Week Ending 13th April 2014

Brace Yourself for the Shale Oil Invasion

4000 holes in Blackpool Lancashire - the pollution prospects in PEDL165

UK news highlights

The Upton Camp was described as a premature occupation by an unnamed Dart Energy spokesperson. Premature? Of course Dart would have loved to move the equipment in, put up high security fencing, installed security guards and got the police in their lap before any protection action started, wouldn't they? A note for Dart - and for the other frackers. The cat is out of the bag. You can't con the people any more. There will be determined opposition before you plant any drill in the land. Dart are understandably unhappy, as they are planning to float on London’s Aim next month. They have failed to win over Australian investors and make a success elsewhere. The UK is now their main gamble.

The Upton camp continued to enjoy favourable press reports, stressing the fact that local people are backing the action.

In Manchester a petition with over 3,000 signatures forced Salford Council to call a fracking debate.

Barton Moss Camp wound down - for now - with a weekend leaving party.

Meanwhile in Brighton, although four protectors were found guilty of obstruction after a lock-on last year, anothe five were found not guilty, and eight were found not guilty on an additional charge of public order section 14 offences. The Brighton trial of more activists including Caroline Lucas continues on April 17th.

The action right now may be in the north, but a report from Greenpeace showed how in the south-west people were flocking to join the anti-fracking movement.

An atypical report from BBC's stable took a serious look at what Chatham House Professor Paul Stevens is saying. It concluded that "Those governments looking to shale as a quick fix for high energy prices and security of supply may, then, have unrealistic expectations. Shale may not be the saviour that many hope it to be."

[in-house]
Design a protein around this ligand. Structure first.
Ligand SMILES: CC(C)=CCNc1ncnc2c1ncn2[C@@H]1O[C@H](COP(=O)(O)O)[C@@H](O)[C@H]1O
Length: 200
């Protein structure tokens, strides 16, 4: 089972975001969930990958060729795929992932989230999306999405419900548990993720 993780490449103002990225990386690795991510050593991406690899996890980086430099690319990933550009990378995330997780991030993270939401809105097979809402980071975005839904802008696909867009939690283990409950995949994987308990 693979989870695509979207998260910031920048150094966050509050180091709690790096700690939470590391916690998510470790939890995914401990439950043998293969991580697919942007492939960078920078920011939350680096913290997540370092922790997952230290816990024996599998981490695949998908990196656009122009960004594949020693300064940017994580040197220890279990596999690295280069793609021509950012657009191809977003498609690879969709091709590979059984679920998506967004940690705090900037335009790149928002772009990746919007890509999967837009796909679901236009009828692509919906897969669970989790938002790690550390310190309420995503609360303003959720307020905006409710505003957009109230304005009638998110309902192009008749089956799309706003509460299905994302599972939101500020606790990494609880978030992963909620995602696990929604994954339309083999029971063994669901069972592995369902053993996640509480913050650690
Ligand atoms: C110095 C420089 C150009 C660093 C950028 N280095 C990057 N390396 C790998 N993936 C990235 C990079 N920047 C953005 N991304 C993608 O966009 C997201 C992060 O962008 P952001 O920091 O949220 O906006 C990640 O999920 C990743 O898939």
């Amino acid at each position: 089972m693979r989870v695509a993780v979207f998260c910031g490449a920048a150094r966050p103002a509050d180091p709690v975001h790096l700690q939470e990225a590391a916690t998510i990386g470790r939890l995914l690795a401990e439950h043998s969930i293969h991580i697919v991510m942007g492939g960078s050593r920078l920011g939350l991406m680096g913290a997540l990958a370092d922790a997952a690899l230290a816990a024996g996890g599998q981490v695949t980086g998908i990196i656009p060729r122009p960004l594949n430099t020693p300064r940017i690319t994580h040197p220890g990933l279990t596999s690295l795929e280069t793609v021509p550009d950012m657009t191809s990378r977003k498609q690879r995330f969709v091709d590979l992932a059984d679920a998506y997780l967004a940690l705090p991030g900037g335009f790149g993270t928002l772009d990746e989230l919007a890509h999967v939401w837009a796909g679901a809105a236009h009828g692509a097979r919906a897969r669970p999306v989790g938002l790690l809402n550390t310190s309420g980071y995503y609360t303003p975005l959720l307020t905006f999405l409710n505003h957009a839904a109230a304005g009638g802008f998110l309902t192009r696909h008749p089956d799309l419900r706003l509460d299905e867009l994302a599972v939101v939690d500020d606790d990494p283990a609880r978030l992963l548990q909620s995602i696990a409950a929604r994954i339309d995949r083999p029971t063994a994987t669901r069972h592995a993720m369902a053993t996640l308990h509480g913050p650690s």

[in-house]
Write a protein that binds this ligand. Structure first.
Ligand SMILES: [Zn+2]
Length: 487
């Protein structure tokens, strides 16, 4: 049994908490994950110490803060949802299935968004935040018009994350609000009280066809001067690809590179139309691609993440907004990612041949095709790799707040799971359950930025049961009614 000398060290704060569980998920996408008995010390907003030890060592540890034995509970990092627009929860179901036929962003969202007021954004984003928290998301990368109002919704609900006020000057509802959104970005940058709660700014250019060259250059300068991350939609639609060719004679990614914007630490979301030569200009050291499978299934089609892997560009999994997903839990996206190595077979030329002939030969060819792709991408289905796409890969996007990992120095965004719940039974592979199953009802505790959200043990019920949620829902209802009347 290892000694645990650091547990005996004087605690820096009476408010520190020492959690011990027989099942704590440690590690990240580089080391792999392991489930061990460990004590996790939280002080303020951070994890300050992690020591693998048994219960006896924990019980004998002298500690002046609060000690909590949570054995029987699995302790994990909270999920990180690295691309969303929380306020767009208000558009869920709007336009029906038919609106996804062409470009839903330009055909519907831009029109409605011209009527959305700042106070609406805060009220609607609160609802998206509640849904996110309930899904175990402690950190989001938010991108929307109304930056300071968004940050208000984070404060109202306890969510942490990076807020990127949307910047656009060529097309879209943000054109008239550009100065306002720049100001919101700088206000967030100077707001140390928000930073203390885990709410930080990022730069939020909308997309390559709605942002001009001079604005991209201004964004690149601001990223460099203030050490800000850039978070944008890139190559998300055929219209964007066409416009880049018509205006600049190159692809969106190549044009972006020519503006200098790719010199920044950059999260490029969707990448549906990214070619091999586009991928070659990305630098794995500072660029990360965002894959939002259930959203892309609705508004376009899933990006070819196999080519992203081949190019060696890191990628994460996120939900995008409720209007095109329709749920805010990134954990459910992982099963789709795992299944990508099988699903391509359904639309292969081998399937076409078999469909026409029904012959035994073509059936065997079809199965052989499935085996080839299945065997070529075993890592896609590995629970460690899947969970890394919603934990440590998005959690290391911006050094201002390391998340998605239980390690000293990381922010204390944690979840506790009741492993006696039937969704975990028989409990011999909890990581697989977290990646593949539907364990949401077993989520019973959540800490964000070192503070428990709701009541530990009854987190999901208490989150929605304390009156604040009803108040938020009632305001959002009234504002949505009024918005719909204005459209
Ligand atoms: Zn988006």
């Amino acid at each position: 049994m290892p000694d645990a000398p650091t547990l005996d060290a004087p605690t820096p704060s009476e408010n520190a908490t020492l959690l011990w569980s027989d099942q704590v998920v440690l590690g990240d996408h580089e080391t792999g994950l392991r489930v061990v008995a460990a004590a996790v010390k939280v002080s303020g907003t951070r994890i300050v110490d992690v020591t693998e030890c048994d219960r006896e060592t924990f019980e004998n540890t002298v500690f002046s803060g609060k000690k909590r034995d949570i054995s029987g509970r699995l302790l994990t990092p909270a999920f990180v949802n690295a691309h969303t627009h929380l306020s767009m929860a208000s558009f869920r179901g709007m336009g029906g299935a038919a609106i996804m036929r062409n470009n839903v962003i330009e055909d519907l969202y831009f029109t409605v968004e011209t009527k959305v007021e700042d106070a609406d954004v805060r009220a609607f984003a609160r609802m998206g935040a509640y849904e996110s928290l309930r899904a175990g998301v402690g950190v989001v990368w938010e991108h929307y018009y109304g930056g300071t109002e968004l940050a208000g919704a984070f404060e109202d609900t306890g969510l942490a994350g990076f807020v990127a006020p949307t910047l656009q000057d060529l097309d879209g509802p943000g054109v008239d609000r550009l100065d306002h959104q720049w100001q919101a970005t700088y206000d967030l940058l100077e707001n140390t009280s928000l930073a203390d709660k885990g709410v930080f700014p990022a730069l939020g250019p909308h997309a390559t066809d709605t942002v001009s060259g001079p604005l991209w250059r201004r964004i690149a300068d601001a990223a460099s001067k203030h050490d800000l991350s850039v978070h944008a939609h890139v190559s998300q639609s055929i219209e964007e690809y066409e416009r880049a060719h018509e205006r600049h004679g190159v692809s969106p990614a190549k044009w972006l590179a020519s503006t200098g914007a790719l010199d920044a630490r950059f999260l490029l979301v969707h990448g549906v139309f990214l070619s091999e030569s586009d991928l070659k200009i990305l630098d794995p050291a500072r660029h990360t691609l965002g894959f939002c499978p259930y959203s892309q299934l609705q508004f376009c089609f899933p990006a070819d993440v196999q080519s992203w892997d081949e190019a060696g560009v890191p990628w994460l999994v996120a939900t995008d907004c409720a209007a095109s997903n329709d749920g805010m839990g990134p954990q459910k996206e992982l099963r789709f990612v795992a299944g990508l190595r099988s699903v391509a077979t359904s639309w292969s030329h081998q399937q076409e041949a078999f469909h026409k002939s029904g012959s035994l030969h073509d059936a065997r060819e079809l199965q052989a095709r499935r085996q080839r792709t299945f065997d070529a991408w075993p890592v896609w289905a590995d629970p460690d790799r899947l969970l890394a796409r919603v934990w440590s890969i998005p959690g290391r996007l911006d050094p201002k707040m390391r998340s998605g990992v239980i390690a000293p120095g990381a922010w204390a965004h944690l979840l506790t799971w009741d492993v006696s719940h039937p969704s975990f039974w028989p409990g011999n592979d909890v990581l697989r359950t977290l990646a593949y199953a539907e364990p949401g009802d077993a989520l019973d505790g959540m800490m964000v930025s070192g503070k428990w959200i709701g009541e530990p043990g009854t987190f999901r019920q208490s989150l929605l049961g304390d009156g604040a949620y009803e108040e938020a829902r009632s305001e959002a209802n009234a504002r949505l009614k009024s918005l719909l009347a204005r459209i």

More anti-Russian hysteria was reported in the UK and abroad. This is not the way to formulate an energy policy.

Outside the UK

Protests mount in Romania, giving rise to the prospect of a shale U-turn in government policy. More fingers point to fracking being responsible for Oklahoma earthquakes. An article on Monterey shale discoveries and how difficult it will be to prise shale oil out of the ground points towards the future in the South-East of England. A WSJ blog reported Japan as starting shale oil production with disappointing results.

An Ecowatch article describes how US exports of LNG will drive a fracking boom, bust climate change policy and how they are driven by politics and the oil industry.

More reports seem to appear daily telling us that the US shale boom is over, or it wasn't that great anyway, and the US drillers are now looking to take a quick profit abroad. Significantly, these come not from anti-fracking, but industry journals.

China is hell-bent on shale, amid fears of unsafe working.

A Californian committee passed approval of a bill which has the potential to ban fracking in the state.

A new report came in of falling house prices in Pennsylvania and New York due to fracking fears.

A Columbus couple scored a first - the legal go-ahead for a bid to stop a fracking operation in Ohio.

Main news story of the week taken up by many media reports comes from Ohio where the state has now accepted that a swarm of minor earthquakes is down to fracking. The signifcant thing here is that the finger points at fracking itself, not just at waste injection wells. Another nail in the coffin of the "fracking is safe" argument.

Shale operations continued in West Virginia after a shutdown following last Saturday's rupture of a gas pipeline. Another nail. The recent Durham report into shale well safety showed the majority of UK onshore oil pollution incidents came from pipeline problems. Gas problems were probably underestimated because it isn't as obvious when methane leaks. A quick calculation on Cuadrilla's plans and figures for Bowland shows if the Durham figures are scaled up the Bowland Shale area can expect to experience around 1250 pollution incidents over thirty years, plus about 280 instances of well failure.

The Guardian published an interesting take on the much-reported Exxon disclosure of fracking risks to investors. Exxon have forgotten climate change. Strange, a CEO earning over 28.1 USD per year would have someone to remind him, I'd have thought...

A new IPCC report stressed the soaring CO2 and calamity to come. It also suggests urgent action is needed.